The Everglades: Shifting the paradigm

The Everglades, our coastal estuaries and Florida’s waterways, all in need of immediate attention and remediation, are certainly not environmental and economic outliers.

Greed, political graft and stupidity are not affected by geographical boundaries.

Freshwater bodies across the United States are under assault and impaired by the same things – greed, political graft and utter stupidity.

From the Great Lakes to the Rocky Mountains to Florida Bay, the headwaters of the Florida Keys, profoundly bad decisions and decades of inaction have allowed both the redirection of the natural flows of water, and corporate interests to pollute those waters. The combination has been devastating to the one thing all living creatures need to survive – clean water.


This week, we shared poignant news stories from across the nation that highlight the growing dangers we face. The threats to human health, wildlife and mans’ best friends are mounting.

But Florida is unique in one way. The health of our economy is inextricably tied to healthy freshwater and saltwater. So, if there is another issue that should carry more weight for all our politicians – local, state and federal – for the life of us, we cannot think of it.

The truth is, the battle we wage is greater than the vast Everglades ecosystem. If we can change the political paradigm that is killing the Everglades, we can apply that same new framework to Florida’s prized springs, rivers, lakes, streams and oceans.

Florida now has a Governor who is hell-bent on turning things around, but it will also take the Legislature to give him the tools required – like imposing reasonable regulations on corporate agricultural and public utilities and fast-tracking technological advances – to put Florida’s waters back on solid footing.

That’s where you and we come in. Stay smart and engaged.

And, stick with us!

Kimberly Mitchell
Executive Director  

Some algal blooms leave a film of muck on the surface and make the water ruddy, but others are difficult to immediately detect, such as the blooms in the pond where the dogs were exposed.

Izzy, Abby and Harpo died from the toxic algae. All three experienced liver failure.

CNN: A North Carolina woman took her three dogs to a pond to play. Within hours, her pups had died from toxic algae

“Late summer is the ‘bloom’ time for harmful cyanobacteria, also known as blue-green algae, and some of Virginia’s ponds and streams are under advisories, the Virginia Department of Health says.”

A warmer climate and nutrient pollution are colliding in ways that are subjecting freshwater bodies – lakes, rivers and streams – to sometimes dangerous conditions for people, plants and animals. The vast majority are man-made causes.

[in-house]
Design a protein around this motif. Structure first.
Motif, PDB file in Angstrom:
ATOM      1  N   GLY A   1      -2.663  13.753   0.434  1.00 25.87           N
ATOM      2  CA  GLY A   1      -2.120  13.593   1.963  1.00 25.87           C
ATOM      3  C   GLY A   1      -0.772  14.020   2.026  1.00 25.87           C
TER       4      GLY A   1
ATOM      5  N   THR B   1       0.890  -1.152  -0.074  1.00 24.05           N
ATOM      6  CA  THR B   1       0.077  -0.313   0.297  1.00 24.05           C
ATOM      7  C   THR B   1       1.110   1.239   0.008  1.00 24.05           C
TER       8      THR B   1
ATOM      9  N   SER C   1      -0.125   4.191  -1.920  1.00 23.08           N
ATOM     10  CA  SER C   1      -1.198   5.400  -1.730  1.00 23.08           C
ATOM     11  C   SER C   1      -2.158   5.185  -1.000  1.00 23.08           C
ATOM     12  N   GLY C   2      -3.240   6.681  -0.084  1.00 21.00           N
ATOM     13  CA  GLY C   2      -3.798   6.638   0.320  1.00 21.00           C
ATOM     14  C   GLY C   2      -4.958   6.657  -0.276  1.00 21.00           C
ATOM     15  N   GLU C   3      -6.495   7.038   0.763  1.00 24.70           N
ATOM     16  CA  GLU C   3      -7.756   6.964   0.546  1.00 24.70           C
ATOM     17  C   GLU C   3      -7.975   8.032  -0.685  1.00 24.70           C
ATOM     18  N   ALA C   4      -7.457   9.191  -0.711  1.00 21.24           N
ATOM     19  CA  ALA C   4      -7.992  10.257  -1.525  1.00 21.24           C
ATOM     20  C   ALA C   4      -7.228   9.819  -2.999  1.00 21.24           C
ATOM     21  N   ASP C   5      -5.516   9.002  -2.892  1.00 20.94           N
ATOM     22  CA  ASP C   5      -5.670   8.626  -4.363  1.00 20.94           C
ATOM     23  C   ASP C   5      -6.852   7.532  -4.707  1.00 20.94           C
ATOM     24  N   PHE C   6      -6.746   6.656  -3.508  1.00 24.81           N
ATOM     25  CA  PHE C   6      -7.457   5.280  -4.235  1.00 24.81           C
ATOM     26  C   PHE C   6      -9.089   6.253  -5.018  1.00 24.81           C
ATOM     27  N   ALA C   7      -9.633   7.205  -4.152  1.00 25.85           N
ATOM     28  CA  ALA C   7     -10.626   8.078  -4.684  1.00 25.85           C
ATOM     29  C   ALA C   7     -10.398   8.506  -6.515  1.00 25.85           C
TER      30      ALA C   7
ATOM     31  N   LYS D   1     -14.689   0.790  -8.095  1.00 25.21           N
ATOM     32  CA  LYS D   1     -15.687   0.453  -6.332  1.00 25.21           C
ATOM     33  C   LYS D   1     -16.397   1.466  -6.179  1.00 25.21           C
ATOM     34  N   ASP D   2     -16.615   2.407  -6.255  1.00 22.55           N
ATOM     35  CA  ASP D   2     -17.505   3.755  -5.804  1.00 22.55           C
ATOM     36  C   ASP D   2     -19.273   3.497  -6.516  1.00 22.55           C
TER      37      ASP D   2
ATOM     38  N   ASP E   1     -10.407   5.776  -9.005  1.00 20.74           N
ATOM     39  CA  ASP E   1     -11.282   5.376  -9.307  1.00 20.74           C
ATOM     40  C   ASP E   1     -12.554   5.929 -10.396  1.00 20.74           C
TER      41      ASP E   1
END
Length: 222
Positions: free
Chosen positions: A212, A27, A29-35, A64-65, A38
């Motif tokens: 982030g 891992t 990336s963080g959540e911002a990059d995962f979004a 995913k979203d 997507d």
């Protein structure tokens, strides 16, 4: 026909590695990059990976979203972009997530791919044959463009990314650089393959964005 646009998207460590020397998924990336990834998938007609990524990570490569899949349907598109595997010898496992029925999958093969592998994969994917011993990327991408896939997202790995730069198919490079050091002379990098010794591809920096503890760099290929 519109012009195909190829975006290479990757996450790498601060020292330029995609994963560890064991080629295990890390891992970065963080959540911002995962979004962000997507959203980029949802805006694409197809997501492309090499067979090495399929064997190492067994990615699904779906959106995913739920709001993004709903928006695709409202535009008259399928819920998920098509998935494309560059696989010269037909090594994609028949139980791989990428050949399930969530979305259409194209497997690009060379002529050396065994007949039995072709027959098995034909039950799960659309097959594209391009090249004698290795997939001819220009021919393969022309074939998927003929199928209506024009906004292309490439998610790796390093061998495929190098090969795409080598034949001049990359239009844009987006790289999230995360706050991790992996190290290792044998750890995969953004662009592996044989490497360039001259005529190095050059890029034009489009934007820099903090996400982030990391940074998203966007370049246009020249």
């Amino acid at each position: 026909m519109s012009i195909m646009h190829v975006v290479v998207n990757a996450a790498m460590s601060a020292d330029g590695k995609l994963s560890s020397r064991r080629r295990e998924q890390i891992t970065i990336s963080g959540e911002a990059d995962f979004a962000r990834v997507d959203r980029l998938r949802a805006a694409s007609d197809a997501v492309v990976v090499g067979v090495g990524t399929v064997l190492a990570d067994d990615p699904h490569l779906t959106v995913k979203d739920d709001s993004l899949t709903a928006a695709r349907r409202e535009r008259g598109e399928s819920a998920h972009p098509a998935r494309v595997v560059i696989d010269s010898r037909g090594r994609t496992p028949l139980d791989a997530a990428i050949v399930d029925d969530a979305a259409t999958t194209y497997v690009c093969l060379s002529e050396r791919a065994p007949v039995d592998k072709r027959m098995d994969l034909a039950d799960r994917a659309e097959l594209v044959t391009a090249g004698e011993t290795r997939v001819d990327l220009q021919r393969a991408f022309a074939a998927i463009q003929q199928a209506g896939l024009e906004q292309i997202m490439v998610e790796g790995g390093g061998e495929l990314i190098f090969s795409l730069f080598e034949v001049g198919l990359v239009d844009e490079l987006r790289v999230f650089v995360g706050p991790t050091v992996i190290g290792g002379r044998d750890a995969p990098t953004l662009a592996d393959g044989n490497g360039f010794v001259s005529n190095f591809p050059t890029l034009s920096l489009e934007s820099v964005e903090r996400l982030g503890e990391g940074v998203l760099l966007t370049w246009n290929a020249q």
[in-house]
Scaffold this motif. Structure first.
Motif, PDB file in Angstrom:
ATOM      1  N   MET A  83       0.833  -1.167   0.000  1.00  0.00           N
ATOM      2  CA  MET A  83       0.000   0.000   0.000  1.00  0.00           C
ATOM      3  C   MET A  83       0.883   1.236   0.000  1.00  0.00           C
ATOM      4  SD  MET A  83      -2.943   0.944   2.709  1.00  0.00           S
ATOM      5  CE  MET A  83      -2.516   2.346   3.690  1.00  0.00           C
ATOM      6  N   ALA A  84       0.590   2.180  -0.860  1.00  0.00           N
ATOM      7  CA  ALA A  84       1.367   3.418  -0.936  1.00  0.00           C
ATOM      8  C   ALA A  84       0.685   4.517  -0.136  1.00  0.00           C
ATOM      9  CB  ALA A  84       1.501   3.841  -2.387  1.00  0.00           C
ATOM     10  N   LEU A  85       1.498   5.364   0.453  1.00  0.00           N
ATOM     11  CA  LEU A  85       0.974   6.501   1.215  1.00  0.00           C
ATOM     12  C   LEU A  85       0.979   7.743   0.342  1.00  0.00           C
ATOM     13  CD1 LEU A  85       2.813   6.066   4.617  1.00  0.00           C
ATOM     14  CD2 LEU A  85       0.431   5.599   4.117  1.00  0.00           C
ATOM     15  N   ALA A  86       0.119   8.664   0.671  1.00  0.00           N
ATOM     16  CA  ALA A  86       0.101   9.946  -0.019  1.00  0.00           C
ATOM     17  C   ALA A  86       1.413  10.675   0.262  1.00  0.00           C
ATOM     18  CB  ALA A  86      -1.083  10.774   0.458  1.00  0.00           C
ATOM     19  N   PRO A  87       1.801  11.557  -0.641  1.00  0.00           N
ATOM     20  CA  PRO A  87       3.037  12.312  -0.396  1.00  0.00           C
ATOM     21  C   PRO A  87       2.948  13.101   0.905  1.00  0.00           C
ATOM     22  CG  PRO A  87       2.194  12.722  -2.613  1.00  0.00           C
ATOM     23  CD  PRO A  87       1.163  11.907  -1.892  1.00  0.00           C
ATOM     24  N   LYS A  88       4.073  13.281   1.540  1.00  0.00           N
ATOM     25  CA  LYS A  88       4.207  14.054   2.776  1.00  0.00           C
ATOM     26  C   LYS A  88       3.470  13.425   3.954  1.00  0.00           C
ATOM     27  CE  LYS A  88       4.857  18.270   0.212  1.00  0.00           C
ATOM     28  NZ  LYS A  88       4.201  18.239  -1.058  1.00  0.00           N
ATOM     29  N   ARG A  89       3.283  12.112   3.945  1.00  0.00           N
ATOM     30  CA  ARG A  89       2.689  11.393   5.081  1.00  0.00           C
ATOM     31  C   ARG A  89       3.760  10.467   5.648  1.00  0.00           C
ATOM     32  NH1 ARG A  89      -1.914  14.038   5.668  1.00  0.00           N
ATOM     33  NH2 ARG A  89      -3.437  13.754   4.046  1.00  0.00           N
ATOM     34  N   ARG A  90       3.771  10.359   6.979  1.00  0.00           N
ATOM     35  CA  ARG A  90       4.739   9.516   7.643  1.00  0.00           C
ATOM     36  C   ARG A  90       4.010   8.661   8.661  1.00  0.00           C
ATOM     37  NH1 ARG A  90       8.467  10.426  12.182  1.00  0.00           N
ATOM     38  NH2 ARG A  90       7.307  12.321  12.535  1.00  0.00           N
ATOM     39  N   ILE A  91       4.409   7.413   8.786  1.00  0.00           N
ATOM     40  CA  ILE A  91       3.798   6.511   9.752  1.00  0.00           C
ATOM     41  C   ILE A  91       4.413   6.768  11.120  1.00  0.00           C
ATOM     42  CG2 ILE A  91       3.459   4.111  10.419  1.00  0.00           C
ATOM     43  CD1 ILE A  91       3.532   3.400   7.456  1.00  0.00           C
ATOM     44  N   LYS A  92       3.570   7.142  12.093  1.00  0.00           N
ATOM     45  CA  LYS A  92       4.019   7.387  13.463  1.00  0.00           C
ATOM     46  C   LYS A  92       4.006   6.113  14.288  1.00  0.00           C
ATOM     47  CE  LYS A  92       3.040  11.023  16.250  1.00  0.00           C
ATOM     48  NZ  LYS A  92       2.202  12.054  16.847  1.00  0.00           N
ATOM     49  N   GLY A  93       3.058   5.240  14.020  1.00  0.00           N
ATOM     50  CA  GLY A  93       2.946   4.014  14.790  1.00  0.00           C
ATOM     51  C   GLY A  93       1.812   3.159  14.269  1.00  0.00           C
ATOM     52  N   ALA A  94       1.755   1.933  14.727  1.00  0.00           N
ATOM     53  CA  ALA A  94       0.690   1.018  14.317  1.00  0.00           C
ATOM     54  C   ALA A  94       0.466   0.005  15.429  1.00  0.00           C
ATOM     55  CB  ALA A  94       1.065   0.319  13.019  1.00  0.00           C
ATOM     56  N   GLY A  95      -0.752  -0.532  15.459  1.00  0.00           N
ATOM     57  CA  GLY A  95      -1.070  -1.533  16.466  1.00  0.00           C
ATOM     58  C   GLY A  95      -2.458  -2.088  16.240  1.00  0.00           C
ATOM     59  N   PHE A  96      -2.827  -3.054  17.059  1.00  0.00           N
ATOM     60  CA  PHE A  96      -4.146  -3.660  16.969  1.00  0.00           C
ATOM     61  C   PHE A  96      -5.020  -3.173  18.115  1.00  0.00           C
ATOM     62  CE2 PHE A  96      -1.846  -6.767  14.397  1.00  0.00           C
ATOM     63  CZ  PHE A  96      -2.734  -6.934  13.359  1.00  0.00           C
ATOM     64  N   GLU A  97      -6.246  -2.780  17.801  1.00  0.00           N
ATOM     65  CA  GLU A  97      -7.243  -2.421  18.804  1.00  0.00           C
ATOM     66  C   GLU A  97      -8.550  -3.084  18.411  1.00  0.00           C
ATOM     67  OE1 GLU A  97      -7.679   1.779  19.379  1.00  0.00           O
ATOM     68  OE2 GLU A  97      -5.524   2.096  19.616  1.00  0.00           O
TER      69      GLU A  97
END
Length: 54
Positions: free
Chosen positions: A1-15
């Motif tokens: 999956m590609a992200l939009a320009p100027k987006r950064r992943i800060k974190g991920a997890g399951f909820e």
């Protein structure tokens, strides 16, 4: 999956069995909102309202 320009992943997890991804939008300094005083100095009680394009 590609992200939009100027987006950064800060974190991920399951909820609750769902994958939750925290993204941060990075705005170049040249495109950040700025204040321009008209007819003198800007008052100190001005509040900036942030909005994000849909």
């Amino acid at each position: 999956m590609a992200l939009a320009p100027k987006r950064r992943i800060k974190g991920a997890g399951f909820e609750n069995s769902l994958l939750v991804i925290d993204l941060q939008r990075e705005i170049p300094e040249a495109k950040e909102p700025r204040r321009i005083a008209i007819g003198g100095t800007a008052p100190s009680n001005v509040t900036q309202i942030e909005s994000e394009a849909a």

VIRGINIA MERCURY: Cyanobacteria blooms can be fatal for pets

Today, we have a Governor who is hell-bent on turning things around, but it will also take the Legislature to give him the tools required, like reasonable regulations on agricultural and municipal infractions, to get it resolved. And we are working alongside him.

Until then, please pay attention and keep your animals safe. This kind of heartbreak is unfathomable.

ORLANDO SENTINEL: Three dogs died from toxic algae after playing in a pond: report

“A beautiful animal in the beautiful Everglades.” – Alligator Ron Bergeron

Florida bears are an important part of the Everglades and a true success story. Back in the 1990s, there were only 300 bears left in Florida. Today, that number is closer to 5,000.

WATCH NOW: "Alligator Ron" Bergeron: Long live the Florida bear

For decades, sugar barons have used Lake O as their personal reservoir and toilet. We are all living with the profound consequences.

Now, the Army Corps has the "audacity" to deviate from the playbook written by and for Big Sugar – to bring the coasts some relief from toxic discharges – and Big Sugar sues.

TC PALM: We finally get a break on toxic algae, and U.S. Sugar sues | Gil Smart

America’s Everglades are one of the most important ecosystems on the planet. Its wetlands grandeur is unsurpassed. Carved out at the southern tip, "Everglades National Park is a must-visit spot. Boasting more than 2,300 square miles of subtropical wilderness and wildlife, here’s how to do the Everglades like a pro."

PALM BEACH POST: Everglades National Park: 5 reasons you should visit this Florida park

Here’s a quick, two-minute tour in the Everglades by airboat with Dalia Colon. We highly recommend the watch AND the visit. It just doesn’t get more Florida than the Everglades!

INSIDER: Everglades Airboat ride 

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